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Obfuscation is one way, but it can't protect from breaking the piracy protection security of the application. How do I make sure that the application is not tampered with, and how do I make sure that the registration mechanism can't be reverse engineered?

Also it is possible to convert a C# application to native code, and Xenocode is too costly.

C# provides lot of features, and is the ideal language for my code, so writing the whole codebase again in C++ is out of the question.

Secure certificates can be easily removed from the signed assemblies in .NET.

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8… Things change! – Andreas Jun 4 '14 at 21:42

33 Answers 33

310+ up votes for an answer that starts with "You can't" on a programming site?

I think you can but what is the goal here? Ultimately this boils down to need to protect IP (patents) and optimize variable like net profit over a term. Protecting the IP is just a part of the overall strategy.

Research what kind of users & competition your app might have. That helps to decide the best sales/marketing approach(es) and the level of protection needed.

eg. One scenario may be vertical/niche product that needs to be installed locally at the client with no internet access with few potential customers and those customers are likely to crack since the price may be very high for some extremely proprietary niche app. Rather than having your app available easily, in this case you'd likely want to seek out these potential customers and pitch the app, installation and support etc directly. You'd want to make the app custom enough for each customer that if it leaked from the customer, you'd know that and could sue for compensation.

Another scenario is that your market is very cheap/poor people. Getting a 3rd party to pay for the app (eg. ads/sponsor/government).

If after all the business research you determined that you really need to spend time/money on protecting things from crackers and have to distribute the "crown jewels" to the client, then building your own multi-level custom protections with literal ton of checksum checking and protection code that gets updated ideally from multiple sources (eg 3rd party plugins to your app also update the protection) is quite effective. Custom packers, avoiding 'keygennability' are just as important. And all of this protection code should not stay the same forever. If 3rd party protection solution is used, it may be best to find one that's not very well known and change again if it becomes well known - the more clients using a protection solution, the more likely that it will attract attention. Some commercial dongle solutions went long time without cracks, then all the apps using them got cracked simultaneously because the protection solution was the same for every app. This applies both to well known dongles and games that use protections from same companies. If every offline playable game used a high end protection from different company or entirely custom ones, the handful of game crackers would be overwhelmed.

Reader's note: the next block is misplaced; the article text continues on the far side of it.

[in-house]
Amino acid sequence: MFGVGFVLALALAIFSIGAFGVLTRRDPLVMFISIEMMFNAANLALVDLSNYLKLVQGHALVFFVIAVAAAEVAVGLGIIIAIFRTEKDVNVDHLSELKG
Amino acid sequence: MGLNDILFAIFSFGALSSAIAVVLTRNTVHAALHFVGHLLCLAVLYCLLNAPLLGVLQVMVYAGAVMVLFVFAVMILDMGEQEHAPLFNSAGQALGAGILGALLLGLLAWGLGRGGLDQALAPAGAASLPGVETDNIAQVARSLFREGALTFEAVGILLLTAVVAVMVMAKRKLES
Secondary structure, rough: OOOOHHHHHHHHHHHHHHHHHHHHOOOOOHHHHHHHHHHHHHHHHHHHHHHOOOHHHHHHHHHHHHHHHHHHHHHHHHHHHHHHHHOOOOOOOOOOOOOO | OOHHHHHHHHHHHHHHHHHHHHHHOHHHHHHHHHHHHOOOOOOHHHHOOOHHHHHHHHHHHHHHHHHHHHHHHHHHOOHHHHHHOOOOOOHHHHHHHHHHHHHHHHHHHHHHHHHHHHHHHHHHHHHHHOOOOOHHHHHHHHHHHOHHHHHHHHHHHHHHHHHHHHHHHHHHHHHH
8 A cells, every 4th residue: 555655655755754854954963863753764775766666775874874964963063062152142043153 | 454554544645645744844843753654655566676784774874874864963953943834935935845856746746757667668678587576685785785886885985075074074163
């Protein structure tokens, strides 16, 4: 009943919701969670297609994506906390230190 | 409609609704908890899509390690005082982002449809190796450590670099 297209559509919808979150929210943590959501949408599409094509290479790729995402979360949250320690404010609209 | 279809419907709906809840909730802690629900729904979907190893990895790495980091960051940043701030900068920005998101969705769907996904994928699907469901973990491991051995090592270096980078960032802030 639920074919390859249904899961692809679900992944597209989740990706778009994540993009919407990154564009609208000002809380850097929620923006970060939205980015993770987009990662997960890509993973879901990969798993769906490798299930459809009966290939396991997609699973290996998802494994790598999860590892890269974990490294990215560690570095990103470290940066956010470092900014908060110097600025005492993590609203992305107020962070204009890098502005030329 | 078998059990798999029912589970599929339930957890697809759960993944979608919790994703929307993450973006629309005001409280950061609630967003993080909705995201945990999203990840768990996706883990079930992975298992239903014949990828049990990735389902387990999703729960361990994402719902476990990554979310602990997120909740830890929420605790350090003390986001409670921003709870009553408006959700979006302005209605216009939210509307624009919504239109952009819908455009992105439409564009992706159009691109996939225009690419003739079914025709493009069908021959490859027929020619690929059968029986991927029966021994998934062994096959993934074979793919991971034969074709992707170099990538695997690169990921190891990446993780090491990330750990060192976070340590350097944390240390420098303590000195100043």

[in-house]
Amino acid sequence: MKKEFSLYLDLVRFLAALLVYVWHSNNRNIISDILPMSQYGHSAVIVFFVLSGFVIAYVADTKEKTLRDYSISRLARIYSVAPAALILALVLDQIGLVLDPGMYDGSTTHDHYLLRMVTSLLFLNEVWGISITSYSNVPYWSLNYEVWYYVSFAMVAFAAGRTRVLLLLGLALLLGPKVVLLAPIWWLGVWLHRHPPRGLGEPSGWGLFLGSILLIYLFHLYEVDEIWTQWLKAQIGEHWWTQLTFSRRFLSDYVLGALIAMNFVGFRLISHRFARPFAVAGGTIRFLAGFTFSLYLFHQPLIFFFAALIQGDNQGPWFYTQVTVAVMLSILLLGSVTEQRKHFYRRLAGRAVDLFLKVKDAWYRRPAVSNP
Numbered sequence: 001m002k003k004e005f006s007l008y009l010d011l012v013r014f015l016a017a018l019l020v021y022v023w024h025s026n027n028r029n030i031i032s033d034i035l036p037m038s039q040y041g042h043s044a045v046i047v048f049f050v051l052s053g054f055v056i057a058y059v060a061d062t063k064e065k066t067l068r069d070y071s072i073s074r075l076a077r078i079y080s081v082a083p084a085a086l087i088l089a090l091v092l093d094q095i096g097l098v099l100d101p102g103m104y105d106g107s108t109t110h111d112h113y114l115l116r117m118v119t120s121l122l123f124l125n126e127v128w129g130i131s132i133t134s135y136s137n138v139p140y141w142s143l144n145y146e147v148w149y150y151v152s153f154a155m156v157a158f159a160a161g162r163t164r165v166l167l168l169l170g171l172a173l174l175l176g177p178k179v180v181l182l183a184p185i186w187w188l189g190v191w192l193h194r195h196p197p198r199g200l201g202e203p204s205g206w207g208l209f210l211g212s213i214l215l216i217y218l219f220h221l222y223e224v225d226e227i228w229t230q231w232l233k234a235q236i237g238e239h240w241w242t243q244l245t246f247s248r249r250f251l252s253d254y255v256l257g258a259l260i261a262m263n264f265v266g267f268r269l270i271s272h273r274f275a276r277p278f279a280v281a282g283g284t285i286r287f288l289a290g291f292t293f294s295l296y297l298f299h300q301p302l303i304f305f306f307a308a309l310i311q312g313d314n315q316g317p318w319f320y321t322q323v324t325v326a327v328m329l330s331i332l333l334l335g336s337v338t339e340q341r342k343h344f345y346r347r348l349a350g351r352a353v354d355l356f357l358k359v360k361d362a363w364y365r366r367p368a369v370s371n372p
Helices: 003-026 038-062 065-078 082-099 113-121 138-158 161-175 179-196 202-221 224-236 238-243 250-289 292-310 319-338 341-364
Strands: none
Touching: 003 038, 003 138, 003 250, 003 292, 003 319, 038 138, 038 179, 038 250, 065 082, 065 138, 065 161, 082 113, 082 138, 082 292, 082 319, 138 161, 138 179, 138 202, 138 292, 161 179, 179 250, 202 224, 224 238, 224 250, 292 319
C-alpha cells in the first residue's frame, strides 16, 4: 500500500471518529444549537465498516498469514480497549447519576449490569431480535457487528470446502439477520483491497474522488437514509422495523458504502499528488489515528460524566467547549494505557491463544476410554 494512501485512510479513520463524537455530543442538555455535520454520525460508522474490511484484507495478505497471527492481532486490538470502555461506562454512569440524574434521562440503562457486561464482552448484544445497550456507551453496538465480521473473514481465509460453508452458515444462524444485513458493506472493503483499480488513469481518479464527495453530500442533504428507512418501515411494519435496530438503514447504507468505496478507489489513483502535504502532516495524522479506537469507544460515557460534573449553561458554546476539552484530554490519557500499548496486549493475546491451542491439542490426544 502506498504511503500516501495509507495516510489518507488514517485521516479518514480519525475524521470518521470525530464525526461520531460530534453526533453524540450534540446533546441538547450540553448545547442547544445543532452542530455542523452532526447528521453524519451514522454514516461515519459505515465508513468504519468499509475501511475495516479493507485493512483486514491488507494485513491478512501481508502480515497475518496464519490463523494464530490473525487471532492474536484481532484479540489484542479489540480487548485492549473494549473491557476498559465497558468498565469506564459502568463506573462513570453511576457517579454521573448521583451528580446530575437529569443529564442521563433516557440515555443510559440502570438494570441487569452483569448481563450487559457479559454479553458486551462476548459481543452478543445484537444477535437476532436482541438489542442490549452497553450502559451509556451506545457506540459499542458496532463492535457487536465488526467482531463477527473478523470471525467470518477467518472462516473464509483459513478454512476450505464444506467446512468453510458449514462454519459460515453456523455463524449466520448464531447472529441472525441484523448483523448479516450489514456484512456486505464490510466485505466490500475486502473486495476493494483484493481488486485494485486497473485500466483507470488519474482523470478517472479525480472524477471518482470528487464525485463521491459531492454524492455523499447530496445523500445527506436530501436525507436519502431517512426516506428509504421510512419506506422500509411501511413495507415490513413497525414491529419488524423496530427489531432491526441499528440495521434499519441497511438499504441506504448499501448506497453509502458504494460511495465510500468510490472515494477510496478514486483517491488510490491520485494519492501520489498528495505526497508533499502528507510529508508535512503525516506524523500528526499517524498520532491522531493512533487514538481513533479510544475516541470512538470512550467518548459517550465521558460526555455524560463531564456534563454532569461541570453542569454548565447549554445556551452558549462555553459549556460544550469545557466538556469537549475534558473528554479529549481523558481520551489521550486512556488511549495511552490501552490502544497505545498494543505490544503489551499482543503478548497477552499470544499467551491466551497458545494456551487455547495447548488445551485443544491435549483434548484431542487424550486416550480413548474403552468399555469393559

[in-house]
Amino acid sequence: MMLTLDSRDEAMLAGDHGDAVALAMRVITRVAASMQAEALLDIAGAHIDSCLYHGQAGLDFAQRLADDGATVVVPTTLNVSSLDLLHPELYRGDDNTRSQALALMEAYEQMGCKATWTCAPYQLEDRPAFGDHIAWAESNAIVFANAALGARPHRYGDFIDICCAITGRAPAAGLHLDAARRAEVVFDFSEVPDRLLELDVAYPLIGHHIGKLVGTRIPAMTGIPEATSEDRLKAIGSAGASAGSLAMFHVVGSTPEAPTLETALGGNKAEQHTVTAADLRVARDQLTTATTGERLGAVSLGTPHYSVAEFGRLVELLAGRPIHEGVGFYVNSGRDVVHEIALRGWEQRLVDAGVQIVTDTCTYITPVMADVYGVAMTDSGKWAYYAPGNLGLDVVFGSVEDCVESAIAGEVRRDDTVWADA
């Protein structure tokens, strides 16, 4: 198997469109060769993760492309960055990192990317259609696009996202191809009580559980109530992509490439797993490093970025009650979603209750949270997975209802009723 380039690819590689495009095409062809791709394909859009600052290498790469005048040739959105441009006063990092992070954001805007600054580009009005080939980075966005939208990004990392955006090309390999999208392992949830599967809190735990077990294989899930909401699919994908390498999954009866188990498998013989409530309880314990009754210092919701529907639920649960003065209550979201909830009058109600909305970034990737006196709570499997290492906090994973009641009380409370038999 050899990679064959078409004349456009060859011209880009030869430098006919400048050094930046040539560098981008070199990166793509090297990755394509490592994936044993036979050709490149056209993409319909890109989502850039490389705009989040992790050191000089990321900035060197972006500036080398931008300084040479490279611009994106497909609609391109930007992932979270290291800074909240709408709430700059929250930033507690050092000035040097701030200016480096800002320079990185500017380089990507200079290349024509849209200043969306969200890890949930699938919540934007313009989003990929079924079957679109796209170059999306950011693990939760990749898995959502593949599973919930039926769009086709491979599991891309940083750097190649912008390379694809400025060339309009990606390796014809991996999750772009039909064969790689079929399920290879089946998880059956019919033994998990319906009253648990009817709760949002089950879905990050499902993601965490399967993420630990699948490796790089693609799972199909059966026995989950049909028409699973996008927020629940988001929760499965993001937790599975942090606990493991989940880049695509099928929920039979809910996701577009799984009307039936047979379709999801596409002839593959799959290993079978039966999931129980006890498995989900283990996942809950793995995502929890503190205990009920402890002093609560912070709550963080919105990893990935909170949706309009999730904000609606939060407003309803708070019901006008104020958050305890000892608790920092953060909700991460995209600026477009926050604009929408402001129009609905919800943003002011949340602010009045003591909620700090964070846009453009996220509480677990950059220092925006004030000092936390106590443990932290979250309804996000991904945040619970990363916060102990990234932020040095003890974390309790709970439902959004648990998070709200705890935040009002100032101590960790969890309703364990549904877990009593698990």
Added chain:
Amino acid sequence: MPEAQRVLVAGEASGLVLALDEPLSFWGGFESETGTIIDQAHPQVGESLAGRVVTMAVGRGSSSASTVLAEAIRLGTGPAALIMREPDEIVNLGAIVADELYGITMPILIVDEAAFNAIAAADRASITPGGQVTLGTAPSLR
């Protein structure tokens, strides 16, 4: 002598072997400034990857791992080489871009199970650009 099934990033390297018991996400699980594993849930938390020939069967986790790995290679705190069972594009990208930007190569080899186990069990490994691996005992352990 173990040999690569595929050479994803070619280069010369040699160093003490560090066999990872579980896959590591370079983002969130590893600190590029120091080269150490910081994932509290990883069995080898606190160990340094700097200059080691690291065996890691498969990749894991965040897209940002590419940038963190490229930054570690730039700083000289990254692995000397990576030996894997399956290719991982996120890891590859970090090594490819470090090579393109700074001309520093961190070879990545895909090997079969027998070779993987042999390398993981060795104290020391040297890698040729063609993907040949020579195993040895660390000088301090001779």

Electronic music producers seem to have an rep/image for being poor yet smart enough to find cracks, based on the amount and novelty of protections in apps for the market. The most compelling/novel applications targeting that market usually come with dongles or custom software protections that appear to protect the apps for enough time that some of the pirates decide to save up and pay for them. However I would say that out of the thousands of apps in this market, there are very few really unique ones that are also compelling from a musician/producer standpoint. I would say that unless you are as much a musician as a developer, you probably don't have any idea that would be compelling enough to spend considerable effort protecting (and you'd want to patent the idea as well - though a lot of the really good ideas are already patented and usually implemented in musical hardware and never made into easily distributable software form).

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This seems like an unrelated rant, not an answer. "I think you can" you say, so show it. Otherwise, this should be deleted as the question is not about your opinion, but about programming. – sashkello Aug 28 '13 at 3:39

The best answer is the first one from the small developer speaking from his own expierence, all the anti-reversing techniques discussed above are 101 textbook cases for any serious reverse-engineer.

Some commercial DRM solutions are pretty decent, but they crack every triple AAA game with custom DRM solutions all the time within hours (or days). Only the introduction of a completely new DRM solution - sometimes - delays in inevitable for perhaps a couple of weeks.

Getting the most out of the DRM costs a lot of time & money and can easily hurt performance, reliability, compatibility/portability and customer-relations in general. Either stick with some decent commercial DRM without trying to be too smart about and take your (less) losses or just forget about it totally ...

One example of a DRM solution which dug it's own (commercial) grave:

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Yes, .NET binaries (EXE and DLL) can be easily decompiled to nearly source code. Check the tool .NET Reflector. Just try it against any .NET binary file. The best option is to obfuscate files, they still can be decompiled by .NET Reflector, but they create an unreadable mess. I don't think that good obfuscators would be free or cheap. The one is Dotfuscator Community Edition that comes with Visual Studio.

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